Marketplace Tech Report
Marketplace Tech is a daily 4-minute show exploring how technology is shaping our lives.
Airing on Tuesday, March 31, 2015: First up, we take a look at Jay Z new music streaming site, Tidal, which was just re-launched. We're joined by Ian Sherr, Executive Editor of CNET News, to talk about whether the rap mogul can compete with Spotify, Apple etc. Next, we turn to Reddit's "dark net markets," which have become a hot bed of activity for online drug sales. We'll speak with Wired’s Andy Greenberg about federal attempts to find criminals on Reddit. And we'll take a look at a recent finding by economists that Silicon Valley has the highest rate of economic mobility in the US. People at the bottom of the income ladder have a roughly 12 percent chance of climbing up into the top fifth of the income ladder. The downside? That leaves 88 percent of the economy who aren't making that climb and all those people that did make the leap have caused the cost of living to climb ever higher.
Airing on Monday, March 30, 2015: First up, we talk with Marisa Kendall, reporter for The Recorder, about the Kleiner Perkins trial. Next, we take a look at Northeastern University's plan to launch a series of educational hubs embedded directly in select companies across the Bay area – starting with Silicon Valley. The Boston college says the program takes a unique hybrid approach - part online, part face-to-face instruction - and aims to draw in more women and minorities to the STEM field. How does it plan to do that? Also, Marketplace’s Tobin Low brings us an audio postcard from the maker of MiMu Gloves, a gestural instrument that works like a wearable theremin.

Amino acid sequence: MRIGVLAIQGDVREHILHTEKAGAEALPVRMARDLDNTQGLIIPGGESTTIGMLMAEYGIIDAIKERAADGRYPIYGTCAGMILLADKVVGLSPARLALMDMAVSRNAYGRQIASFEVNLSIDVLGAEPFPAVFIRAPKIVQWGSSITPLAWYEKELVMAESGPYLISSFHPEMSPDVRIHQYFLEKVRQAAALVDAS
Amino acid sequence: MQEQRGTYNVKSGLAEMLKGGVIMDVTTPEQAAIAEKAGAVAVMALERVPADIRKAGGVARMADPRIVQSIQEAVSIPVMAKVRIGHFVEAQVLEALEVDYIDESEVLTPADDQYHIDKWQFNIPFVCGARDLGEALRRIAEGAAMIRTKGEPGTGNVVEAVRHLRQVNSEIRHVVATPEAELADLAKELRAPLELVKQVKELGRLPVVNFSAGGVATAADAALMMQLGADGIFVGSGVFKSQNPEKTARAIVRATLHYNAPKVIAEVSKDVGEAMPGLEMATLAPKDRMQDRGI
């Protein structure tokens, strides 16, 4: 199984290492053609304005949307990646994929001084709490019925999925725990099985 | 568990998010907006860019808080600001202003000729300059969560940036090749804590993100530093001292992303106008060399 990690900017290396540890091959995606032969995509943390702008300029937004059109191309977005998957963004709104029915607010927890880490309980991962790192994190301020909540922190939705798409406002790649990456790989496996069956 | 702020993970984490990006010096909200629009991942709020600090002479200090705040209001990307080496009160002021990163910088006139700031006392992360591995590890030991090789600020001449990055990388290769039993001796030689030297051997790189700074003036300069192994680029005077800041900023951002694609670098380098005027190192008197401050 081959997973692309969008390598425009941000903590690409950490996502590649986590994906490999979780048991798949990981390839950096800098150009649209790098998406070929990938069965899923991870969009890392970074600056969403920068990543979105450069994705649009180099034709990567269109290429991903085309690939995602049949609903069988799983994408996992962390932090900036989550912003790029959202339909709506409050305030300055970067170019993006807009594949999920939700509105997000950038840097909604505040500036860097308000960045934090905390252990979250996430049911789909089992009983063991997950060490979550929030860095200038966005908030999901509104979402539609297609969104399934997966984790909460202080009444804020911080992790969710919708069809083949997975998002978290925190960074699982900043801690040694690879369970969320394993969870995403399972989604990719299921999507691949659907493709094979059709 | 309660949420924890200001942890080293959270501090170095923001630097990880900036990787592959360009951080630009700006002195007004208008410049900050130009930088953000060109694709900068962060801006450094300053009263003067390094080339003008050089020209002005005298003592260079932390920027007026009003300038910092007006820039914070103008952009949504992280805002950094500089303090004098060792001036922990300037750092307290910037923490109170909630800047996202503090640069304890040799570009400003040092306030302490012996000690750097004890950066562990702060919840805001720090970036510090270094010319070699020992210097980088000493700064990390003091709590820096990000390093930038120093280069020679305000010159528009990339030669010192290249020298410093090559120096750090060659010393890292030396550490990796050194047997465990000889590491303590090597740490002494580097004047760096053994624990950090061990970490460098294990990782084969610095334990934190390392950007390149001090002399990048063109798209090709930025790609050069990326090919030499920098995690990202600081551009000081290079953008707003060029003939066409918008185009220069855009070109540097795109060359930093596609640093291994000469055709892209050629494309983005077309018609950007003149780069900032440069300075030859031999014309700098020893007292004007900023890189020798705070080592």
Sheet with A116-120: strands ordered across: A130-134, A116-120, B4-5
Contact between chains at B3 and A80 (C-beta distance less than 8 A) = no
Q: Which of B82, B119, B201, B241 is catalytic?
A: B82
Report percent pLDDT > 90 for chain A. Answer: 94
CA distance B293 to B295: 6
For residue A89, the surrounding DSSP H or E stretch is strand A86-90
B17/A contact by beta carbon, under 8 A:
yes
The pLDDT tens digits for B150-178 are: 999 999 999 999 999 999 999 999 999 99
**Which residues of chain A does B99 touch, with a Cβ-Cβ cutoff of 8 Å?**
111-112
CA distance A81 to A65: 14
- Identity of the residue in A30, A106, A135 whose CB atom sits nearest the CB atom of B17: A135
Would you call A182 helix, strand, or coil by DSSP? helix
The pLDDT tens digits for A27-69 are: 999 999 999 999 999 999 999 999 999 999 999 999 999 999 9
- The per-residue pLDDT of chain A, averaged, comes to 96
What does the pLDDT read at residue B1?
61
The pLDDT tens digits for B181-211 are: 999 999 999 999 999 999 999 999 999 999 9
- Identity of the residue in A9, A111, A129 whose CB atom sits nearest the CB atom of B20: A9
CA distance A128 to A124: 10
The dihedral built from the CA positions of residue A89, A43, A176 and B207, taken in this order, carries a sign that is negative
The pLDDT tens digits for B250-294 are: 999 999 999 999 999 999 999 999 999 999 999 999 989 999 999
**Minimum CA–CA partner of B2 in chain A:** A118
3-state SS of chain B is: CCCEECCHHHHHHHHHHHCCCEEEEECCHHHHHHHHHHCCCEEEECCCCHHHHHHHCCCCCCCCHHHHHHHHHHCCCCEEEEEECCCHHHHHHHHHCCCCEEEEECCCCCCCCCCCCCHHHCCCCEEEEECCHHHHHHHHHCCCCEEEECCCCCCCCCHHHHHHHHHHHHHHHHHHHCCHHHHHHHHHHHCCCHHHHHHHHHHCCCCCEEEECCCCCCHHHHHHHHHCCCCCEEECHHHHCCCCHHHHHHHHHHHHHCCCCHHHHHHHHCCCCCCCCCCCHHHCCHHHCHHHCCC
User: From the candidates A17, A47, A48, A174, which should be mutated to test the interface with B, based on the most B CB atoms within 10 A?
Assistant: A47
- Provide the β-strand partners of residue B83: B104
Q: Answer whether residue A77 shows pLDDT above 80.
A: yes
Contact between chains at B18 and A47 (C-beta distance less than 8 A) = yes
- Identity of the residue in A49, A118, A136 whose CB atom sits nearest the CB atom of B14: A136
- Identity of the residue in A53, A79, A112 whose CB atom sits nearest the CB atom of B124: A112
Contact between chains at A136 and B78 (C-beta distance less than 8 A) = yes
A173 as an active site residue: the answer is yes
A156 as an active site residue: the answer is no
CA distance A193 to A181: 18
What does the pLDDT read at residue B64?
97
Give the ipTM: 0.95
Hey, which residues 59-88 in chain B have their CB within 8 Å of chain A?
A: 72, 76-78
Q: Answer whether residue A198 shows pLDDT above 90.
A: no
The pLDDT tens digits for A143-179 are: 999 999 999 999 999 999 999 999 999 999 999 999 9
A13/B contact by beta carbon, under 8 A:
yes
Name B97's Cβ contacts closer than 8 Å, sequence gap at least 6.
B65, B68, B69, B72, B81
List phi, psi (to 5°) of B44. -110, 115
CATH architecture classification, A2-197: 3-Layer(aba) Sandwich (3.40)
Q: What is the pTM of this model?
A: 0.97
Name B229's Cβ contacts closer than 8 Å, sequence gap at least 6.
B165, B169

Airing on Friday, March 27, 2015: We take a look at the European Union's upcoming investigation into how e-commerce sites like Amazon operate in its twenty-eight countries. There’s a concern that these companies are violating the EU’s antitrust laws by blocking cross border trade. Next, we talk with Pai-Ling Yin, a Social Science Research Scholar at the Stanford Institute for Economic Policy Research, about the proliferation of livestreaming services. And Ben Richmond, contributing editor to Vice’s Motherboard, joins us for this week's Silicon Tally!
Airing on Thursday, March 26, 2015: First up, we talk with William McGeveran, Associate Professor, University of Minnesota Law School, about selling customer data in the RadioShack auction. Next, we take a look at Microsoft new policy that all (U.S.) vendors with 50 employees or more must offer their employees 10 days paid vacation and 5 days sick leave, or some combination thereof. What impact might this have, and beyond publicity, what’s in it for Microsoft? And we'll also speak with Sarah Jeong, a tech policy journalist, about doxxing and swatting.
Airing on Wednesday, March 25, 2015: First up, we talk with Molly Wood, Tech Columnist for the New York Times, about the expansion of Facebook Messenger. Next, Ben talks with Princess Reema Bint Bandar Al-Saud, a member of the Saudi royal family, about retail training for Saudi women and why social media can be a complicated tool in Saudi Arabia.
Airing on Tuesday, March 24, 2015: First up is Nidhi Kalra, Information scientist at the RAND Corporation, to talk about autonomous vehicles. Next, we ask why Big tobacco wants us to know that E-cigarettes are bad for us. What’s driving this public health message? Also, Ben speaks with Lindsey Turrentine, Editor-in-Chief of CNET.com, about the Internet of things in your yard.